Ethical hacking: Basic malware analysis tools - Security Boulevard

Ethical hacking: Basic malware analysis tools

Introduction to malware analysis

Malware analysis is a common component in the incident response process. Once malware has been identified on a system, it is often useful to investigate and learn more about its specific functionality.

Malware analysis can have many possible goals. A high-level analysis may be intended to extract a few indicators of compromise to add to a security tool’s signature list. A more in-depth investigation may be required to determine the functionality of a particular sample in order to identify behavior and persistence mechanisms to help with removing it. Finally, an organization may want to perform a comprehensive analysis of a particular sample in order to understand the specifics of an APT’s operations and share information about a new threat with the community.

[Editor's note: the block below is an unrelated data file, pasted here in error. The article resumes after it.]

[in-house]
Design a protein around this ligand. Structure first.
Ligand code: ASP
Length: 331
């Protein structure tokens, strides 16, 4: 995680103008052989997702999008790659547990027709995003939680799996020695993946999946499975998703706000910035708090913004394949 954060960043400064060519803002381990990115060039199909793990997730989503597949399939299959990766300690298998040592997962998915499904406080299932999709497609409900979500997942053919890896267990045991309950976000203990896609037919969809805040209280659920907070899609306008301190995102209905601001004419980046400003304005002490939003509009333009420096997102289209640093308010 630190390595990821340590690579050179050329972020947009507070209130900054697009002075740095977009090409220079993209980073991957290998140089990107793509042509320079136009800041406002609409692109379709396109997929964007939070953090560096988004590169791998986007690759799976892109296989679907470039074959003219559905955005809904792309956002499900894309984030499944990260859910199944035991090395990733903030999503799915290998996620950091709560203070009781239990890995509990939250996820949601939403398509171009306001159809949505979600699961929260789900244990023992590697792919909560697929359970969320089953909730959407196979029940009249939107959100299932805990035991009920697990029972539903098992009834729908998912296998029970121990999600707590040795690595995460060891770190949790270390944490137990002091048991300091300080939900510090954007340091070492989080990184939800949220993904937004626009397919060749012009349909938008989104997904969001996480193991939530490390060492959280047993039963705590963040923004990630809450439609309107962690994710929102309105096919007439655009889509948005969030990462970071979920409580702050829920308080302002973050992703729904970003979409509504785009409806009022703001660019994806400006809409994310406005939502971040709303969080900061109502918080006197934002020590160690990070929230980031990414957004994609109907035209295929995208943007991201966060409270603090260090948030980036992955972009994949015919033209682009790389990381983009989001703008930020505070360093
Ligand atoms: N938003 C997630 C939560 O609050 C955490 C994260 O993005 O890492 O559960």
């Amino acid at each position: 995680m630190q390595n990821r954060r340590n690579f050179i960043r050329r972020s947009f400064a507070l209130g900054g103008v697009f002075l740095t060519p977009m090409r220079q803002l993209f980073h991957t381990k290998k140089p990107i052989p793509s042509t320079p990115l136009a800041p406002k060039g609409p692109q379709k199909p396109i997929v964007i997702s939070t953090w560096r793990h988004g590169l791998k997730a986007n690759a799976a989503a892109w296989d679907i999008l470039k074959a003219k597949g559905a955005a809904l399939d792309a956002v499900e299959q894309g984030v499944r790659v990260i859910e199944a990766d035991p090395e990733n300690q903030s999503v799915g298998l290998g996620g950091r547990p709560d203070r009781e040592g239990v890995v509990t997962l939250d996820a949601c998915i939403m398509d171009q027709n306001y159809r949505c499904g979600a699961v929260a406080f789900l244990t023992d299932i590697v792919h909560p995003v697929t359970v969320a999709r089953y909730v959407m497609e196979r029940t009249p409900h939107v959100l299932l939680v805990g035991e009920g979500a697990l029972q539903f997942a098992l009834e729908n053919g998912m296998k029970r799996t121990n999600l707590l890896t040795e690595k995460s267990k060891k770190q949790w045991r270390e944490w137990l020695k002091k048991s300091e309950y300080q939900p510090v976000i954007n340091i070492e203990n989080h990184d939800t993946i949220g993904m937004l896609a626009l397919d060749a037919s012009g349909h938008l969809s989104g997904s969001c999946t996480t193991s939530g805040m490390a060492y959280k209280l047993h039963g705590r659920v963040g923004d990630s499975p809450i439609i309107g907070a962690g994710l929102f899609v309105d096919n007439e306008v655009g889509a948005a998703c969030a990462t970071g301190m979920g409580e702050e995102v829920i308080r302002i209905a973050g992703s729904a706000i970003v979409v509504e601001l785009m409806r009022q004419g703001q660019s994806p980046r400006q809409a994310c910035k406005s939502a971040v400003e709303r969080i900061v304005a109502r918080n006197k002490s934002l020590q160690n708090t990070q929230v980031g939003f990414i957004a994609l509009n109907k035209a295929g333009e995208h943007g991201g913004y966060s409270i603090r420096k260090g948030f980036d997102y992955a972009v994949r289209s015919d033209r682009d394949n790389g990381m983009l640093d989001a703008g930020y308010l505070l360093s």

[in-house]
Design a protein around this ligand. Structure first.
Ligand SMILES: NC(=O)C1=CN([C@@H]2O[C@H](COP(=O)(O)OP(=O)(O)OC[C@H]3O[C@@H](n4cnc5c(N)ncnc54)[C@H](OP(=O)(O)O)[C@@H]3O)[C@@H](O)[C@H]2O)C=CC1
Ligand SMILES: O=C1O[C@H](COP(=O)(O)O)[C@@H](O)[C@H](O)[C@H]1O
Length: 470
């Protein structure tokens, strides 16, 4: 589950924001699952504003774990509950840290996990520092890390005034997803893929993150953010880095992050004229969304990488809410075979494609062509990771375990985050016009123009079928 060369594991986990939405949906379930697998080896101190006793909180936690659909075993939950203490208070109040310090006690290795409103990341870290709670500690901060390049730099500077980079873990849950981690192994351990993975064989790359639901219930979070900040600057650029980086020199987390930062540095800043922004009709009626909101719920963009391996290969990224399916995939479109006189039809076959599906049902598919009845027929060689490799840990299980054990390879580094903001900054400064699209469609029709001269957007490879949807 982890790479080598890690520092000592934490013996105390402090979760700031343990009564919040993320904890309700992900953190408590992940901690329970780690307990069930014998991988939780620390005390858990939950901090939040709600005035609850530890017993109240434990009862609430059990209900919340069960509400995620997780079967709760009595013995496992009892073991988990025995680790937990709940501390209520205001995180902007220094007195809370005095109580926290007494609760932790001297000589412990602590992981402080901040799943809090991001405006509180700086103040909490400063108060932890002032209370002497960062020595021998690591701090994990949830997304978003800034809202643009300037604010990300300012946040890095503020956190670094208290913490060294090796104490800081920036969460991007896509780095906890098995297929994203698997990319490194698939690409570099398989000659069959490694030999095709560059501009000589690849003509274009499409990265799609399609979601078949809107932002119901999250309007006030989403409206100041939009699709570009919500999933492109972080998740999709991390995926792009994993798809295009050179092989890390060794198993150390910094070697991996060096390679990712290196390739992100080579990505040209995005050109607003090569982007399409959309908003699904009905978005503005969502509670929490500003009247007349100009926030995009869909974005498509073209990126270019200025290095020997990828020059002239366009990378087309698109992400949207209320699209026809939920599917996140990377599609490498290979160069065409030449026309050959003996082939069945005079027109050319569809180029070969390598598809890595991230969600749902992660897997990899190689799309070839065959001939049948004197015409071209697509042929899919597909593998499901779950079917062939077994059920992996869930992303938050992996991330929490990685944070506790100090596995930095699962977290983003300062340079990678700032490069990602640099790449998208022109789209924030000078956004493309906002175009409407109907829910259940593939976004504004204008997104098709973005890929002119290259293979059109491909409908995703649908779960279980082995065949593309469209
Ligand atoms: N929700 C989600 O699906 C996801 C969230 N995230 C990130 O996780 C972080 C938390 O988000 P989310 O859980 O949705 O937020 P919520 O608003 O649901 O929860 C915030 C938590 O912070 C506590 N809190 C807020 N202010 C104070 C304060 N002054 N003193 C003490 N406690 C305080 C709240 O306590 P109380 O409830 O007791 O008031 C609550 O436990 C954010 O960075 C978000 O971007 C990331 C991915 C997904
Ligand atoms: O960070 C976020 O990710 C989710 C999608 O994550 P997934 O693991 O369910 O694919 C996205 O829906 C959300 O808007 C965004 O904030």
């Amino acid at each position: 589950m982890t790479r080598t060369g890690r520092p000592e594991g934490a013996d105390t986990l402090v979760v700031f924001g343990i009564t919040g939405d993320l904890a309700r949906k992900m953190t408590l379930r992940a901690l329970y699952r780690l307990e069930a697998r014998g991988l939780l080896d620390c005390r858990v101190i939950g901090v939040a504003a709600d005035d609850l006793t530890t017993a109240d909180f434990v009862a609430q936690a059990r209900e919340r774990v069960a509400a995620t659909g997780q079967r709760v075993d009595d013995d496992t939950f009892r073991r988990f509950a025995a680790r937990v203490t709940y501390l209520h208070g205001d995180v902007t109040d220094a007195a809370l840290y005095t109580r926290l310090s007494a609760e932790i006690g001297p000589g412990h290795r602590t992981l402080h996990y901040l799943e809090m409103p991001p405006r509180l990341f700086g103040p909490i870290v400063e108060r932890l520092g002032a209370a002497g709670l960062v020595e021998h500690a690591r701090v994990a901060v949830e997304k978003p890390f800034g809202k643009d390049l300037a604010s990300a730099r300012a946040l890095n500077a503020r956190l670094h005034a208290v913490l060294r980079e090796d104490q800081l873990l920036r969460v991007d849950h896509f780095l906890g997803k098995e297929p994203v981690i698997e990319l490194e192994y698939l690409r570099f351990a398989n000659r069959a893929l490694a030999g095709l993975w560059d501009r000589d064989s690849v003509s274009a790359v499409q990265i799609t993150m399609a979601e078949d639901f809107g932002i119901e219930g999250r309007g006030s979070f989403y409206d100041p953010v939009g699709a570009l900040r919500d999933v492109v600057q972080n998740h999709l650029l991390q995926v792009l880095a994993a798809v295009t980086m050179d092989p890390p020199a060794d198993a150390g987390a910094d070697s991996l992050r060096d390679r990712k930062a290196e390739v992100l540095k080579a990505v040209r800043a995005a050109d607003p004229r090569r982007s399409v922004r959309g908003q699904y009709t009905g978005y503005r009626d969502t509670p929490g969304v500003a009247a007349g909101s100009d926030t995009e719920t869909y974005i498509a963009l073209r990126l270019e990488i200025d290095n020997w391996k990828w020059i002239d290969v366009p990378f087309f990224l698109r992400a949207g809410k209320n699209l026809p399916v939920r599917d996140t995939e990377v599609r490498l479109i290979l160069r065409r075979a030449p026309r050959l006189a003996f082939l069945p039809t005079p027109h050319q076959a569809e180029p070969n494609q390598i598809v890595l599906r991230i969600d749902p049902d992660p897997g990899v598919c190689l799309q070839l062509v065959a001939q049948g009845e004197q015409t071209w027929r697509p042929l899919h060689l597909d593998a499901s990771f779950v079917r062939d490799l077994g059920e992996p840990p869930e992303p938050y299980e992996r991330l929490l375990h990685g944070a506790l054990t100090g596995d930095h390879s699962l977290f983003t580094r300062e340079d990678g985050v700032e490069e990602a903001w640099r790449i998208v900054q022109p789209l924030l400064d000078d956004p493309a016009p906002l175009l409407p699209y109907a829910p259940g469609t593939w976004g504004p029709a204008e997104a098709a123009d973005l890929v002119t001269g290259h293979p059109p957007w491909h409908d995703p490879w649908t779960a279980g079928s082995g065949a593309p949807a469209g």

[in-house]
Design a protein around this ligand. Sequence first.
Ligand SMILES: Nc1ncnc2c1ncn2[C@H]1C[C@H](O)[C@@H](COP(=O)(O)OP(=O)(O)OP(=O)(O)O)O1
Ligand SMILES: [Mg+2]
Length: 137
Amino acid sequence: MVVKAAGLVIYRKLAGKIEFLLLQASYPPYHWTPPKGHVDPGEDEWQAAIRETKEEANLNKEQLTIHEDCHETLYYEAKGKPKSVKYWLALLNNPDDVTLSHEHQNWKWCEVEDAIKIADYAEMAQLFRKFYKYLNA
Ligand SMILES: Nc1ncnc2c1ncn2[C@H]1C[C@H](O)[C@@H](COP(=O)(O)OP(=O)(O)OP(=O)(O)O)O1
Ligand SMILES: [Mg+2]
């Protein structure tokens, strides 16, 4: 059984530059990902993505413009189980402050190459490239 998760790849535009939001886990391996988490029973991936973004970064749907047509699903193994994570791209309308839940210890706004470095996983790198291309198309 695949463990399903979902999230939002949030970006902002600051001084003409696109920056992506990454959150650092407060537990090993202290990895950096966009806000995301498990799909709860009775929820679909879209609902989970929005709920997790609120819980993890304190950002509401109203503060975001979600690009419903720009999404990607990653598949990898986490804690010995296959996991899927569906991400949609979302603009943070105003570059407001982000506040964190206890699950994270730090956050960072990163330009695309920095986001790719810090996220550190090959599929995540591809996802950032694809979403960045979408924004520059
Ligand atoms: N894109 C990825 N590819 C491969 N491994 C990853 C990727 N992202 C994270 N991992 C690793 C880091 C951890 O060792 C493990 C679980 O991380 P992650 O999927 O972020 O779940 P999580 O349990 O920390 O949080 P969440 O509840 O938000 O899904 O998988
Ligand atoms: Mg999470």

Basic malware analysis tools

When starting out in malware analysis, there are a variety of useful tools available. Depending on the goals of the analysis, the malware analyst may need to collect different pieces of information. Different tools are ideal for different purposes, so it’s helpful to be as familiar with as many as possible.

Hex editors

Hex editors are some of the simplest of malware analysis tools, but they can also be extremely useful. A hex editor like HxD is designed to show both the raw hexadecimal representation of a file and the ASCII interpretation.

Looking at a potential malware sample in a hex editor can be useful for extracting basic features from the file. Reading a file’s magic number may help in identifying a particular filetype, and examination of the raw hex of the file can help with identification of obfuscation methods like the use of weak XOR encoding. A malware analyst can also manually extract printable strings from a file by looking at its ASCII representation.

String extraction

Extracting strings from (Read more...)

*** This is a Security Bloggers Network syndicated blog from Infosec Resources authored by Howard Poston. Read the original post at: